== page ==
Friday, September 2, 2011

Desperation Trumps Stigma: What's Really Driving the Food Stamp-ede

The number of food stamp recipients is likely to hit a new high of 46 million when the Department of Agriculture releases its latest report on the Supplemental Nutritional Assistance Program (SNAP) -- that's over 18 percent of American households. This should drive conservatives through the roof. Fox News and other right-wing pundits have already been bemoaning surging food stamp enrollment, claiming food stamps are "teaching people to be dependent." You can expect those moans to grow louder. But they, like many other commentators are missing the point. Growing dependency is not the issue here. It's growing desperation -- desperation great enough to overcome the deep reluctance among many Americans about using stigmitized safety net programs.

Everyone’s food stamp narrative concentrates on unemployment as the cause of the increase in SNAP enrollment. In 2007, before the housing and financial crises unleashed almost double-digit unemployment, 11.8 million households relied on food stamps. As of May 2011, 21.6 million households pay the grocery bill with food stamps. More unemployment, greater eligibility, more food stamp use.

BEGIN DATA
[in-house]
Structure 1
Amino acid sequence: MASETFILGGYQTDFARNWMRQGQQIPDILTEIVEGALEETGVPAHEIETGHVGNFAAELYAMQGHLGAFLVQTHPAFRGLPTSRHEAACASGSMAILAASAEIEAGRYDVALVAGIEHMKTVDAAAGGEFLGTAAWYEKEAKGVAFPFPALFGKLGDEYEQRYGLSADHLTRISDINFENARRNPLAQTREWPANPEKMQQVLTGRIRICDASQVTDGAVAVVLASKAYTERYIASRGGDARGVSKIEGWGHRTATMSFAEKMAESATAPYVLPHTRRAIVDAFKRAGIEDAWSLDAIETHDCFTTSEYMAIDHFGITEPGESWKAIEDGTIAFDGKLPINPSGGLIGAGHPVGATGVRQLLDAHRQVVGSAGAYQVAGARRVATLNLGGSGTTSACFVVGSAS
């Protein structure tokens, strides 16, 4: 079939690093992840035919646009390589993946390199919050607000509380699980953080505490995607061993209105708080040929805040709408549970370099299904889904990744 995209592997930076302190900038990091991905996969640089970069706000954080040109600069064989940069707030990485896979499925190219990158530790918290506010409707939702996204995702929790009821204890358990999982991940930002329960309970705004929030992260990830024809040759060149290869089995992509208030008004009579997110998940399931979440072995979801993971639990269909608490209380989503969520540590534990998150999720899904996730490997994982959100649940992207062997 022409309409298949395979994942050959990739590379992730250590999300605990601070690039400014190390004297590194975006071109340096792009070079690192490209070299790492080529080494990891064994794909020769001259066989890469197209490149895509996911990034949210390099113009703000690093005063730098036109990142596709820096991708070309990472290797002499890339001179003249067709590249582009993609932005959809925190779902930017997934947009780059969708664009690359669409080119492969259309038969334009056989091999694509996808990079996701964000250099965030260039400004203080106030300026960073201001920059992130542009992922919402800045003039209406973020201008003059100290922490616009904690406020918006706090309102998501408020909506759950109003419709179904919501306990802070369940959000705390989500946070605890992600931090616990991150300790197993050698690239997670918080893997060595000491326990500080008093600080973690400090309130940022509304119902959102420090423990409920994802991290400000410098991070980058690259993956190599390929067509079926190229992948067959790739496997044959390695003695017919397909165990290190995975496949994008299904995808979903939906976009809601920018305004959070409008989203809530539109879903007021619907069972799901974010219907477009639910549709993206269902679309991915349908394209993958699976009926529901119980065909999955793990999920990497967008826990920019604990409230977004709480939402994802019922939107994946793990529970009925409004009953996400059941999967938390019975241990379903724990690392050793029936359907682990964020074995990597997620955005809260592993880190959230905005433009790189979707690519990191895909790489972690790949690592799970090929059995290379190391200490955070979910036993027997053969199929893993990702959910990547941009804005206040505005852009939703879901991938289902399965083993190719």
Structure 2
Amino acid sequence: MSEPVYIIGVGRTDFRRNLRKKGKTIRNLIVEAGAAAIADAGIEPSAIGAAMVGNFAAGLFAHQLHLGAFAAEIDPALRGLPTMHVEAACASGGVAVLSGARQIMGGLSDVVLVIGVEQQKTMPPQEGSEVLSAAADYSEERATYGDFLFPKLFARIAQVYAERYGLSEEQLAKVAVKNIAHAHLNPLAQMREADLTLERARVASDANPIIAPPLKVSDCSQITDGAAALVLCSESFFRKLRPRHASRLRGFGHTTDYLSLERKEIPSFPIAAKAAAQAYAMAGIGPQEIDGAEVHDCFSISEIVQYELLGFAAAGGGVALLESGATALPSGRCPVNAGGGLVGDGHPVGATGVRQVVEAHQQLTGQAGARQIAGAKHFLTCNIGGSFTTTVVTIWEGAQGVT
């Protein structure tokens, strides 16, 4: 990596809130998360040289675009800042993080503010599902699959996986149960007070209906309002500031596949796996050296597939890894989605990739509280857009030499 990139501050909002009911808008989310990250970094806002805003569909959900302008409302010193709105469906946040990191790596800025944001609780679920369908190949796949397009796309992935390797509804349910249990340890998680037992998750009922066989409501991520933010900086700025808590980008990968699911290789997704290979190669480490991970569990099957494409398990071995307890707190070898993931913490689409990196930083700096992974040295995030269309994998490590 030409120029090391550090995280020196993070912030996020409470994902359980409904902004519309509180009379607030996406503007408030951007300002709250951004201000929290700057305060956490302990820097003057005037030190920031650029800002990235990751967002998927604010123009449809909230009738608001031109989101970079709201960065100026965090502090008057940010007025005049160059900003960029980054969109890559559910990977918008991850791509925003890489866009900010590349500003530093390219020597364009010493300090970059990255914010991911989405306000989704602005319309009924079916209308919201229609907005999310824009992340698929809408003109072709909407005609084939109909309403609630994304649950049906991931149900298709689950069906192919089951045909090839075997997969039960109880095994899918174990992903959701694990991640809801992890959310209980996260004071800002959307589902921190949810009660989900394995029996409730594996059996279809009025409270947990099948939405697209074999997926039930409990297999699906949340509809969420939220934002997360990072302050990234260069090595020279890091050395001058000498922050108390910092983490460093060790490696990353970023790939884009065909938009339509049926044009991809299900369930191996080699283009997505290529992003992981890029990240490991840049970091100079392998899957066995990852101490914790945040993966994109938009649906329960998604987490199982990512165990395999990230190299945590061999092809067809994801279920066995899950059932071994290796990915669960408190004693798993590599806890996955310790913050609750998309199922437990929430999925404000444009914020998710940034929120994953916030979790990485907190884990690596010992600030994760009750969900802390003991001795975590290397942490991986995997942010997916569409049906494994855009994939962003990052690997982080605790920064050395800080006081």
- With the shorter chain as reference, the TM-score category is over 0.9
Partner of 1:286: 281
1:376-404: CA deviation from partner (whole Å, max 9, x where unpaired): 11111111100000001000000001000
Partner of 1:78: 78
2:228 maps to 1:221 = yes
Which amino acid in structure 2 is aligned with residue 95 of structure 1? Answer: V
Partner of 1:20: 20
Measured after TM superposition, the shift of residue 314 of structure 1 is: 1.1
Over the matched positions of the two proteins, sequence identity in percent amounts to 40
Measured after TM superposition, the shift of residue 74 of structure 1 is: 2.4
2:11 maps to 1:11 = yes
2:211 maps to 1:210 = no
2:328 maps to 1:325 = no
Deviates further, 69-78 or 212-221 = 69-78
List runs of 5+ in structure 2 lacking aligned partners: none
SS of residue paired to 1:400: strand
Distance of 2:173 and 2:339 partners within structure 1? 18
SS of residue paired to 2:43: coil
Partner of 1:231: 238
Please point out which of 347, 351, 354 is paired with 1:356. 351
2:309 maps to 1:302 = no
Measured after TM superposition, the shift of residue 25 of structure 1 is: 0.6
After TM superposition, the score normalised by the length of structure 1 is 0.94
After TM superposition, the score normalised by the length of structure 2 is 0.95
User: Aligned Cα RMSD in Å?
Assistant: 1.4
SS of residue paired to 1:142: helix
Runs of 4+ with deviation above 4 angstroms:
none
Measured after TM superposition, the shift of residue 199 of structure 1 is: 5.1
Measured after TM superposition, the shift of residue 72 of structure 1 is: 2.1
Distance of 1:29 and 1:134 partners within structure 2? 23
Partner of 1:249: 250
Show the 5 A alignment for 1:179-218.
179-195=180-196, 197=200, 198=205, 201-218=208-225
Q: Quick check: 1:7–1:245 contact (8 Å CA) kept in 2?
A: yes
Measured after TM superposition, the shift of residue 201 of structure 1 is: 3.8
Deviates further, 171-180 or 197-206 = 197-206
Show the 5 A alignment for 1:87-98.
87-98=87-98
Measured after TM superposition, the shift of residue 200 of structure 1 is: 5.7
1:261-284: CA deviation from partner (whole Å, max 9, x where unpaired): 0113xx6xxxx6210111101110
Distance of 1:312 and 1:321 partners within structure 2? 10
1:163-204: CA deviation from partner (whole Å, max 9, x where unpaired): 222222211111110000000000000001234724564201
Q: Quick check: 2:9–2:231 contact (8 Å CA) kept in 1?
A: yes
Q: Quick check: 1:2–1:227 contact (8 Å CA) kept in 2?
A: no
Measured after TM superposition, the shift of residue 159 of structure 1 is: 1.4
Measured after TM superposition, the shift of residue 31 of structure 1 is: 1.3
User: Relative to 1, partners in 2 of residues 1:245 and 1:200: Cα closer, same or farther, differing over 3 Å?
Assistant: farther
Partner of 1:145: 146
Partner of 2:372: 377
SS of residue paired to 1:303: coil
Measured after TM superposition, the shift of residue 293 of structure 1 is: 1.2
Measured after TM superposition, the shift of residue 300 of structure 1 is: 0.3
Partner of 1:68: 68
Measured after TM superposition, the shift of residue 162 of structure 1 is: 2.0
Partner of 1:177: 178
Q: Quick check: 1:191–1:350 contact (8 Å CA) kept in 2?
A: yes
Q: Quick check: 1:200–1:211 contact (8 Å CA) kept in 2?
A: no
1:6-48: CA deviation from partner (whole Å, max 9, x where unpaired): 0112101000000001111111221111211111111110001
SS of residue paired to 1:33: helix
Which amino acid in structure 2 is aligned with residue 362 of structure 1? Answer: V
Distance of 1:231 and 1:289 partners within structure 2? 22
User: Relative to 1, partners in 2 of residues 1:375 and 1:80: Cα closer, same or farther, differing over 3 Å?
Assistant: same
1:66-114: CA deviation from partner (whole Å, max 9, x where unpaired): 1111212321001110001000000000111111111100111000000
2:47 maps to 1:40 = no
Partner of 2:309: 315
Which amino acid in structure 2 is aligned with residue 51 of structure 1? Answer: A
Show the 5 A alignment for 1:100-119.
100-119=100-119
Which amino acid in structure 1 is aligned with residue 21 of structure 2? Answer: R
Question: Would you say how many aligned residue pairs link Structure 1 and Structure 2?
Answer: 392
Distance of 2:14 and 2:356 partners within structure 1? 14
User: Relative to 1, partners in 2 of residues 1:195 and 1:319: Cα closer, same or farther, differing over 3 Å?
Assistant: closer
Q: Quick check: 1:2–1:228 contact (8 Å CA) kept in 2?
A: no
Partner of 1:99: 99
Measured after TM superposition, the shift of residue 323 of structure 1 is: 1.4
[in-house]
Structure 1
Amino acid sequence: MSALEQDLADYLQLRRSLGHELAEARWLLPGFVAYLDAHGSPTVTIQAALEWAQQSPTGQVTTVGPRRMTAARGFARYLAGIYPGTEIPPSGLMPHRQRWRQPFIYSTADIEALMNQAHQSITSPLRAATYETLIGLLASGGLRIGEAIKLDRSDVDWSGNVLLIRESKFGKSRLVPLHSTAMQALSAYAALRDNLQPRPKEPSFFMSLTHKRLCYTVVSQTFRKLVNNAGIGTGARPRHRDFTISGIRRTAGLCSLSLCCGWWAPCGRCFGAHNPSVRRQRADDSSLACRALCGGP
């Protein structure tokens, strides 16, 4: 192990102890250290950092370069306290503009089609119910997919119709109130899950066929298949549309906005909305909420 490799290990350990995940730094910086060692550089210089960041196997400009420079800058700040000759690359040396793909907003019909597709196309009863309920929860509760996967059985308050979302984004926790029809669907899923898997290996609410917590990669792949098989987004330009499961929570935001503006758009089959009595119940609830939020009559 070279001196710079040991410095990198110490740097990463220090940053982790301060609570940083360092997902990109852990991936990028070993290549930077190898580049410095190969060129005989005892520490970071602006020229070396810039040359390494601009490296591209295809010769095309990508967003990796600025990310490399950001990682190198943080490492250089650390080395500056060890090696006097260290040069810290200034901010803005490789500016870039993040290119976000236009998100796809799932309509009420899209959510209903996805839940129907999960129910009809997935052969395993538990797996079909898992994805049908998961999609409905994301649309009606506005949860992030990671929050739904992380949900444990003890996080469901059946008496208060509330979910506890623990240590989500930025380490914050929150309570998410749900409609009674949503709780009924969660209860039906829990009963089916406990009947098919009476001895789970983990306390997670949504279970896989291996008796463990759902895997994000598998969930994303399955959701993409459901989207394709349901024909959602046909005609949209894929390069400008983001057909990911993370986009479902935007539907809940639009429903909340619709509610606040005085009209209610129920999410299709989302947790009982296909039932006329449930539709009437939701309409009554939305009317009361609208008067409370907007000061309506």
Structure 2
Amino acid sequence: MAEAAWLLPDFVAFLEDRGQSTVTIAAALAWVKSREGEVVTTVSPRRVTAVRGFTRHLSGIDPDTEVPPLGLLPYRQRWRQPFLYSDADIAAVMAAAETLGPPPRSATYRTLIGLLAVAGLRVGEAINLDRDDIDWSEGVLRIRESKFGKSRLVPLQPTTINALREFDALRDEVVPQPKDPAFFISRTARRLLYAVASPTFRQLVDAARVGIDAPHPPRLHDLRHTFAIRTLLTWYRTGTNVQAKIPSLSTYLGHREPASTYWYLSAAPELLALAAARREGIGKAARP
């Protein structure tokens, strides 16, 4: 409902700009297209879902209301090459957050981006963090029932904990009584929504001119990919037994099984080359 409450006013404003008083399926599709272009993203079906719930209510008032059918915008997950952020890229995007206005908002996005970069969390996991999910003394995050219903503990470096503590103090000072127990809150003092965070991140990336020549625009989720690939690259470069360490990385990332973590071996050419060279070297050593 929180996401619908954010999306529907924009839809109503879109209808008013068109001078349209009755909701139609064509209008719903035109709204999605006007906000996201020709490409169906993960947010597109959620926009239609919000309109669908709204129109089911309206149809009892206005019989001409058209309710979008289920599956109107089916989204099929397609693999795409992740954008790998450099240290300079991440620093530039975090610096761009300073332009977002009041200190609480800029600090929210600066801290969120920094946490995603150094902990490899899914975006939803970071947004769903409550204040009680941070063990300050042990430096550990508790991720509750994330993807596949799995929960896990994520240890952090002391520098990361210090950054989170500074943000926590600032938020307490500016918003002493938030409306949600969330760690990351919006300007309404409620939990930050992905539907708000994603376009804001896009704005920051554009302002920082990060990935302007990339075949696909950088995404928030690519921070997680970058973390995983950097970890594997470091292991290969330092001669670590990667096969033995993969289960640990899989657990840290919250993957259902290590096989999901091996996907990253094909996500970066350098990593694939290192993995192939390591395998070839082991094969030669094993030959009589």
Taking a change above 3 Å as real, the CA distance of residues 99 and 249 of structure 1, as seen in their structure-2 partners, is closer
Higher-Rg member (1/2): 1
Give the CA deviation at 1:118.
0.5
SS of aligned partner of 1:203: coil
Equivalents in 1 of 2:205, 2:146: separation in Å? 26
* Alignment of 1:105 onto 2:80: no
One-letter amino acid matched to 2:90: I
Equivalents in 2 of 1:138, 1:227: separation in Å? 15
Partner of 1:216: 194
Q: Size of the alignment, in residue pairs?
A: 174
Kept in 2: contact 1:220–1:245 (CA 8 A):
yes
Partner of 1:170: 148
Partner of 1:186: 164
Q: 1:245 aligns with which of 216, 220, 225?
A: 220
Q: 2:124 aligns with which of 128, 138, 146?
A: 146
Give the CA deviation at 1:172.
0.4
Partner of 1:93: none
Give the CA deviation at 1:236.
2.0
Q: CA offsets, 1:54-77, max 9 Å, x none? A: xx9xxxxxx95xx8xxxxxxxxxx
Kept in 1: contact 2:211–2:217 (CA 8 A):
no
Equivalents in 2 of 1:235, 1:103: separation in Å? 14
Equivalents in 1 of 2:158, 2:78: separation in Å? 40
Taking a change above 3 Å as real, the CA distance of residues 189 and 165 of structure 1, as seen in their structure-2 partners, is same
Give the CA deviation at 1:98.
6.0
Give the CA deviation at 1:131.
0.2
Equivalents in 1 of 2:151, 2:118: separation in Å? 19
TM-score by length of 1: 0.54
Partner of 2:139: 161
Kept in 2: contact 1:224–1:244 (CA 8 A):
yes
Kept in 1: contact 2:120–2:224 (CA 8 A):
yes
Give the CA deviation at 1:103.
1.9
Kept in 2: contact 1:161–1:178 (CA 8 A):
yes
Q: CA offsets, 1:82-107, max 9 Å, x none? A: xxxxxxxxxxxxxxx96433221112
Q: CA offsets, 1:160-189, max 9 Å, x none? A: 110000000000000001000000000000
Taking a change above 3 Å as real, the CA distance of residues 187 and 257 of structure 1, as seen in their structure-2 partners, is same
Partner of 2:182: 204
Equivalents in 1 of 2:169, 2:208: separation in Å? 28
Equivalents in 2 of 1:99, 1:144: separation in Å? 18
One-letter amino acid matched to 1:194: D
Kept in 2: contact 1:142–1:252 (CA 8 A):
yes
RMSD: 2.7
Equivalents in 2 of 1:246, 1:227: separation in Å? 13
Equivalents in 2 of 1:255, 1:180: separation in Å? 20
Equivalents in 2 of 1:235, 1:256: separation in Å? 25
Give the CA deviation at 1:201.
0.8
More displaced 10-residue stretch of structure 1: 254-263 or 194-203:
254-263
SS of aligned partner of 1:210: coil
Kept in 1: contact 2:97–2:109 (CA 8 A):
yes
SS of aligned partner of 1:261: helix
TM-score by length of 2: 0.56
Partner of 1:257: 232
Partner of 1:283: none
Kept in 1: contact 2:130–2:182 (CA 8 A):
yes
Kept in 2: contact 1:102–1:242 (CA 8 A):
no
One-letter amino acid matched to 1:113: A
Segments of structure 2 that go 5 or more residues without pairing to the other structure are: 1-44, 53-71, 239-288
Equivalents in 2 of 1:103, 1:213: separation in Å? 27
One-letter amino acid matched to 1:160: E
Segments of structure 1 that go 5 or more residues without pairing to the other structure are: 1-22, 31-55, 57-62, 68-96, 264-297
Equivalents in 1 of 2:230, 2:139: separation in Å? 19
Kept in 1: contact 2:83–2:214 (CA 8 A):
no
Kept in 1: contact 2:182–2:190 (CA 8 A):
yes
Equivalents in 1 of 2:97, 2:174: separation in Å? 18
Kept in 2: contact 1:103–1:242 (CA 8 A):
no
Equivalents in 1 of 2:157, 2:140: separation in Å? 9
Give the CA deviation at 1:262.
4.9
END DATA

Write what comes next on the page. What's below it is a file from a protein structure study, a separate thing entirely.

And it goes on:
This is indeed too simple a story. SNAP is a means tested program, meaning eligibility is determined based upon income. The threshold for 4-person families is a gross income of $28,668, or 130 percent of the poverty line. In 2007, roughly 30 percent of American households were eligible for food stamps. That is equal to over 33 million families. In 2009, when unemployment reached a high of 9.9 percent, roughly 33 million families were eligible (calculated using the Census Bureau's Household Income distribution). The same number as two years earlier! more